How it works
Typically, four households -- two Jewish and two Palestinian --will join in a mealsharing group. They will meet perhaps once a month for four months in each other's houses to share their favorite foods and their life stories. In the unthreatening environment of their homes, everyone can gain new and valuable social insights.
At the meal table, two participants -- a Palestinian man and a Jewish woman, for example -- tell about highlights of their life journeys -- childhoods, significant events, setbacks and successes, disappointments and joys. It can be a time to listen, learn, and ask questions. After that, those around the table might have lively, even challenging discussions on a whole range of relevant topics that interest them. However, it has been found most creative and helpful to enter into these new relationships at the "human" level, rather than at the point of political differences.
What to expect
At the first dinner, people are often on their best behavior and a little self-conscious. The first hours together soon provide insights about how our lives have been similar and yet quite different. By even the second or third dinner, those at the table may experience a change in the way they view each other, and other Jews and Palestinians in their daily lives. Participants usually look forward to the next meal, knowing there will be more to learn about the others and oneself.
After small groups in a geographic area meet four times, and each one's story has been heard, the participants can decide what to do next. Possibilities could include:
1. Discontinue the group, appreciating the new insights and
relationships, and its small but important steps.
2. Continue the group in some form, even strategizing how its activity could be practiced on a wider scale.
3. Have motivated individuals from small groups join with each other to form new, long-term dialogue groups.
4. Have an open, "mass" meeting of all mealsharing groups in the geographic area, to meet all the others, assimilate their experiences, and consider future activities together.
1. Call each household to confirm (a) participation and (b) names.
2. Ask useful questions:
"What evening of the week can you come?"
"Could you host the first large meeting in your home?"
"The number coming would be about _____. We would confirm this with you."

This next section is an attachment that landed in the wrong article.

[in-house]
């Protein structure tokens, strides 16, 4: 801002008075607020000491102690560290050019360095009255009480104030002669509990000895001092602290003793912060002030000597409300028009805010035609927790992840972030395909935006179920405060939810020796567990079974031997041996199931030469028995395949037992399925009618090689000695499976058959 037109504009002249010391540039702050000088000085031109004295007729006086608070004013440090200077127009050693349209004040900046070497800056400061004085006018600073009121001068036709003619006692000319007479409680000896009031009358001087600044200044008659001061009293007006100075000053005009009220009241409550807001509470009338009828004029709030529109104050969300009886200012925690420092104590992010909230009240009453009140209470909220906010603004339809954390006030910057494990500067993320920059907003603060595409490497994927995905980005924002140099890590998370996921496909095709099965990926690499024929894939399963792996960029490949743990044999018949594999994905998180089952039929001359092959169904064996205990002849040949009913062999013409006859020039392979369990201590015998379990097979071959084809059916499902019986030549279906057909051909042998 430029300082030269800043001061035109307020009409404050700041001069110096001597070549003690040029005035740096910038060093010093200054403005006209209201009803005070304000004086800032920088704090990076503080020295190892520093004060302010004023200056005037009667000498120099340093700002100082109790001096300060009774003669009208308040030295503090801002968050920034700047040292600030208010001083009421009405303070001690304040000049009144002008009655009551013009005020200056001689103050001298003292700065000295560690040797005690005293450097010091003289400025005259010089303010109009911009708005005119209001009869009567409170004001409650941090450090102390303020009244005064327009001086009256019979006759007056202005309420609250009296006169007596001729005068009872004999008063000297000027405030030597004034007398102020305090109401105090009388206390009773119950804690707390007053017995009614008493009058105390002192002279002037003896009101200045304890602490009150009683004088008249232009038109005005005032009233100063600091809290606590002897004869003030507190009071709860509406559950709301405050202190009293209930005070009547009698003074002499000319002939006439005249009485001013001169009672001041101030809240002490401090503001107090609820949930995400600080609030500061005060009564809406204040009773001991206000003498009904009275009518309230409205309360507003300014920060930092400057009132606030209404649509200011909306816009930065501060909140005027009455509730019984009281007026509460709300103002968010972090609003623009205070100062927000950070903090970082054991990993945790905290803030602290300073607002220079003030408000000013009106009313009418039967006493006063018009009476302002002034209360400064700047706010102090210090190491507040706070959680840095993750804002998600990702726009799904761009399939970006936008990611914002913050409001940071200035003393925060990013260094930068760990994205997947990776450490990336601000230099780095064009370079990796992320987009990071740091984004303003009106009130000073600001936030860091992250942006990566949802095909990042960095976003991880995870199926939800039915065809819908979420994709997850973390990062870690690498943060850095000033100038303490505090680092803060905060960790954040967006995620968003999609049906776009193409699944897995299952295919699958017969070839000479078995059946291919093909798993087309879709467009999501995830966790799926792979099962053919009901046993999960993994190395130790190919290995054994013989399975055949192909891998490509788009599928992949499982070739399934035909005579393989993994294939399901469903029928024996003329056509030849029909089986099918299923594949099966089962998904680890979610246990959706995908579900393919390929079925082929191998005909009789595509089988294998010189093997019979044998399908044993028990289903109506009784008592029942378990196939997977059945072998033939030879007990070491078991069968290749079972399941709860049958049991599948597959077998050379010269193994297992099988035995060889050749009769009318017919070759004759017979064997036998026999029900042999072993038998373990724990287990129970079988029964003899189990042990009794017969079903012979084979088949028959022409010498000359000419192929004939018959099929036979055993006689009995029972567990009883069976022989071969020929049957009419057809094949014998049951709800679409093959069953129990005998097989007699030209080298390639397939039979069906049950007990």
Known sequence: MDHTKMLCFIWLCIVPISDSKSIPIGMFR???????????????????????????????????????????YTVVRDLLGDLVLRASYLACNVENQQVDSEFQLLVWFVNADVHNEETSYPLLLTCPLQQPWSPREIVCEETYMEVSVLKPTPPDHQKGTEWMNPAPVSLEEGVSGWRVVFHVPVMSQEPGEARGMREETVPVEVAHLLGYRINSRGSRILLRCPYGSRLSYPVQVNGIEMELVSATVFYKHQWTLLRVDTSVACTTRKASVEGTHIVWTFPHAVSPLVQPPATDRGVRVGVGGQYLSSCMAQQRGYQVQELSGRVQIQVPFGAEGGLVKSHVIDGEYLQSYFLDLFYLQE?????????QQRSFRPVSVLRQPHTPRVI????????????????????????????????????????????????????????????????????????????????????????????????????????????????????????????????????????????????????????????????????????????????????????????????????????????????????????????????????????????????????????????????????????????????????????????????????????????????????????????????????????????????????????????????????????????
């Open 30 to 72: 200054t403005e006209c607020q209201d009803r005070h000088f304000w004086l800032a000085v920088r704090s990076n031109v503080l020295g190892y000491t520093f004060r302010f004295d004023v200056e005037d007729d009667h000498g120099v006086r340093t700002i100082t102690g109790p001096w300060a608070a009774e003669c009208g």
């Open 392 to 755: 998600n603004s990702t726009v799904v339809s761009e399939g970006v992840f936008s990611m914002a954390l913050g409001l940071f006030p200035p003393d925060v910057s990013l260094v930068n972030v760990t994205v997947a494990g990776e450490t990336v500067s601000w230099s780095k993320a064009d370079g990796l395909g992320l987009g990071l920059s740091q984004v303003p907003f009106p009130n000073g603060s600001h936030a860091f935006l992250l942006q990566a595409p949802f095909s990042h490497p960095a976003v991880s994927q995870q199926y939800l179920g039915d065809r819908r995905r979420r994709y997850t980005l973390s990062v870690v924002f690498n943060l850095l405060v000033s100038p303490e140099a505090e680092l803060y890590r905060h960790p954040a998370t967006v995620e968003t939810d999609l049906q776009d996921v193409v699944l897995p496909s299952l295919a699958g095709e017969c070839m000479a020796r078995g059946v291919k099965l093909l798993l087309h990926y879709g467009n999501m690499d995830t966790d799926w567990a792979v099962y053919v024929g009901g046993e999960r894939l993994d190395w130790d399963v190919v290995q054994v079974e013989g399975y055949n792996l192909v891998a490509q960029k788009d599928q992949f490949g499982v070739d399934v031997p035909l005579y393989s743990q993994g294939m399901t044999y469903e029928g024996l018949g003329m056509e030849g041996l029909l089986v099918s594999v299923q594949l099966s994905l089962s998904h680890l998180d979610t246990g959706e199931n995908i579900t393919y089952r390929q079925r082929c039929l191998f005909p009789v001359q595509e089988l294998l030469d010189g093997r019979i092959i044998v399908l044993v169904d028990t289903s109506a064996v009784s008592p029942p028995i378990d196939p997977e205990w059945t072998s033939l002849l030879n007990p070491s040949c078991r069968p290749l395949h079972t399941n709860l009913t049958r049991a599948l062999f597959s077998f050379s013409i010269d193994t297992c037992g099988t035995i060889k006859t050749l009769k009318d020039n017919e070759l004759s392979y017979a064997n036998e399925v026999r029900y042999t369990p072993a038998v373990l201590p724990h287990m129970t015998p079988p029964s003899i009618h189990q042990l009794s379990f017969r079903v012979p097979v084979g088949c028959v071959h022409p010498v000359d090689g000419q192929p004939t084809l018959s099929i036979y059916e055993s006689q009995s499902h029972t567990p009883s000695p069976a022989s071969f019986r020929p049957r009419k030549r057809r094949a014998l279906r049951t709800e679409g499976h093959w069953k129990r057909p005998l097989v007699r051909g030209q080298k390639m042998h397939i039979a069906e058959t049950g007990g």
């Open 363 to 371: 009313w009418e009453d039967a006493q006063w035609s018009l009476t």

"Do you have other Palestinian or Jewish friends you can invite?"
The first large meeting
2. Names on easel to identify Palestinians and Jews, and their cities.
3. Solidify meal groups as much as possible. Discuss participant needs, such as "more Palestinians" or "more women".
4. Each small group decides:
First meeting place, date, and time.
Potluck or Host Provide?
To serve alcohol or not.
How to share stories.
Your mealsharing group's meetings
Based on the Koinonia Southern Africa model, there could be 4 Jews and 4 Palestinians at each table. One Palestinian and one Jew each takes up to 30 minutes to tell highlights of one's life story, perhaps about birthplace, family, childhood and adult experiences, highs and lows, successes and failures, influences, education, work, interests, beliefs and values, learned principles, obstacles and disappointments, special relationships, meaningful events, goals and dreams -- whatever feels comfortable to share. It helps to speak with "I" or "we" statements; this is not about blame or anger, but to let others walk in your shoes and to know you as a person.
The others LISTEN and learn without judgment, perhaps asking questions at the end, to clarify but not confront. This is about building trust, understanding, and relationships.
Each household may wish to have the "Reconciliation Resource" booklet, to be able to review ideas about listening and dialogue. It is available from the Jewish-Palestinian Living Room Dialogue Group.
Each group will gather according to its agreed schedule. It is imporant that all participants attend each dinner; it may require rescheduling. Commitment to the 4 sessions is key.